Live from ESVS 2014: TEVAR feasible for ruptured type B dissections


A study presented at the European Society for Vascular Surgery (ESVS) Annual Meeting (23–25 September 2014, Stockholm, Sweden) shows that thoracic endovascular aneurysm repair (TEVAR) for the treatment of ruptured type B dissections is feasible, and yields an “acceptable” mortality rate of 16.7%.

Elsa Faure, from the Department of Thoracic and Vascular Surgery, University hospital, Montpellier, France, told delegates that reports of TEVAR for complicated acute type B dissection shows a large range of clinical presentations. “With a 50% 30-day mortality rate when managed with open surgery, rupture is the most dramatic complication of acute type B dissections. We investigated the outcomes of TEVAR for acute type B dissection complicated by rupture to assess the results of this particularly critical subgroup,” she said.

In the study, a review of consecutive TEVAR for acute type B dissection in two tertiary centres (Creteil and Montpellier) was performed using a prospectively maintained database.

Between 2000 and 2014, 24 patients (mean age 68 years, 14 males) underwent TEVAR for ruptured acute type B dissection. Sixteen (67%) were in shock (systolic blood pressure <80mmHg) before surgery and 20 required chest drainage for haemothorax. Proximal entry tear was in zone 2 in five and 3 in 18. Six patients required coverage of the left subclavian artery for adequate proximal landing zone, of whom three with concomitant extra-anatomic debranching of the supra-aortic vessels. Technical success was achieved in 100%, and the median length of aortic coverage was 150mm. The 30-day mortality rate was 16.7% (n=4). Two patients (8%) had paraplegia.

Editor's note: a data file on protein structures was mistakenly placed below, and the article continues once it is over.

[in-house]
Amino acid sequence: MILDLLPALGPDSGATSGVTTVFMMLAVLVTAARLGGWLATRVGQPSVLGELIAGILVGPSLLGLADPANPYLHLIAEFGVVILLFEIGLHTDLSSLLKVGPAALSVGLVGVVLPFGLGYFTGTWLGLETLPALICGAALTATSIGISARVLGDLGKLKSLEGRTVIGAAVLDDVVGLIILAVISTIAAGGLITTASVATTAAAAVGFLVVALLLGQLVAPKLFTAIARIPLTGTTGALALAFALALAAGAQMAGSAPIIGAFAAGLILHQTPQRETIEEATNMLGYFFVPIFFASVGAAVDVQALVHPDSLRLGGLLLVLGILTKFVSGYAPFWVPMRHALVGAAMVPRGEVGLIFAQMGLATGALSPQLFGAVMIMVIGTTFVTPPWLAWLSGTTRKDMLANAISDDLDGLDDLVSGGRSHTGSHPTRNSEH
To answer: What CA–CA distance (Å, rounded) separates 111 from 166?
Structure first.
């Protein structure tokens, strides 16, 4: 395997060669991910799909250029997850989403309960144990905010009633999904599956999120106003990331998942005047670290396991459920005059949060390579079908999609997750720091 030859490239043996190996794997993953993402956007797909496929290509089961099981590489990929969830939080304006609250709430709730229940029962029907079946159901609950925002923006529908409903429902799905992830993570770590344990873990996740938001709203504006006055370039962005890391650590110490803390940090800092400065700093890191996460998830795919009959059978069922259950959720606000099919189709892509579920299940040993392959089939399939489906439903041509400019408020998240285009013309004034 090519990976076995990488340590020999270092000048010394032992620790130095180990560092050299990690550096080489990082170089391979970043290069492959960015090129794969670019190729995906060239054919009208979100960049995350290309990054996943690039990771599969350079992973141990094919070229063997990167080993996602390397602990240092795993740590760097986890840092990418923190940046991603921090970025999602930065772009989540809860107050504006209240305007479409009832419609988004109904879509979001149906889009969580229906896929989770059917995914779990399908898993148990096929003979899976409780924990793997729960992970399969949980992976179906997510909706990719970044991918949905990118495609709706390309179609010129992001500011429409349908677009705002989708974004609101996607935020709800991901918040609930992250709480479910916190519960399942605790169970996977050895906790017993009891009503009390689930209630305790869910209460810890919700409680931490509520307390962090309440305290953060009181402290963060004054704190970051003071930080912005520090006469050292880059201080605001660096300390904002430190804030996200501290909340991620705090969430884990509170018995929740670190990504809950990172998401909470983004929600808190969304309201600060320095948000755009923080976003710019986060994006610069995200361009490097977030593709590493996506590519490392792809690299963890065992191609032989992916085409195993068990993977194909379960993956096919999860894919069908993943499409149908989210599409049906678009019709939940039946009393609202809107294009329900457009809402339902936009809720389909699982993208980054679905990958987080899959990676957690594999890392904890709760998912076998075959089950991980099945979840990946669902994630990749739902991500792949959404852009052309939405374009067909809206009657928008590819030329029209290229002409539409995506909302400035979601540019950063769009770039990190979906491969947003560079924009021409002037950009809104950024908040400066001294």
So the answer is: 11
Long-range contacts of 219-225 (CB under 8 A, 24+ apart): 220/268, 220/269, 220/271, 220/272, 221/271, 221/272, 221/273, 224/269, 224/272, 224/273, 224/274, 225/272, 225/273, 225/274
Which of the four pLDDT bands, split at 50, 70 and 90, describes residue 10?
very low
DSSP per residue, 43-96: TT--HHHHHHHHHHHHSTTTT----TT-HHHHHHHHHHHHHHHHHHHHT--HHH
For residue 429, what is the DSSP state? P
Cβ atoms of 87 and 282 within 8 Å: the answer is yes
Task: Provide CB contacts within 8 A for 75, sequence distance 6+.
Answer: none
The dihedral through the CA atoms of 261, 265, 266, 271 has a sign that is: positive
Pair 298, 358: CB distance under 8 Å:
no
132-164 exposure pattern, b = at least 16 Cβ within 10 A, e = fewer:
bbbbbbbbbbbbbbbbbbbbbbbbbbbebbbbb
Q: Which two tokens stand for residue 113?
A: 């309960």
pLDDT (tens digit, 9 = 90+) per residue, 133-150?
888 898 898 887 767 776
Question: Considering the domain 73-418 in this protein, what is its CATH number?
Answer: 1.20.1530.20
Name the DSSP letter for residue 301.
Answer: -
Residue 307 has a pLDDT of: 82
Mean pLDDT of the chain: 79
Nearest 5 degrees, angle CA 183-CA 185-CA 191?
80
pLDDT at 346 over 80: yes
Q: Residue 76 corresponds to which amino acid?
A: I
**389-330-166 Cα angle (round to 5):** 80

Neither stroke nor renal insufficiency requiring new dialysis occurred. During a mean follow-up of 28 months, another death related to dissection occurred and eight patients (33%) required reintervention. All reinterventions were managed by endovascular means.

At the time of the last follow-up CT scan, eight patients (33%) had complete remodelling of the aortic wall.

In conclusion, Faure said, this study confirms the feasibility of TEVAR for ruptured type B aortic dissection and its lower perioperative morbidity and mortality rate compared to open surgery, reducing the 30-day mortality by more than two-thirds. However, the rate of reintervention was high and long-term follow-up is mandatory. She added that coverage of the primary entry tear seemed enough to stop bleeding and reduced the risk of paraplegia.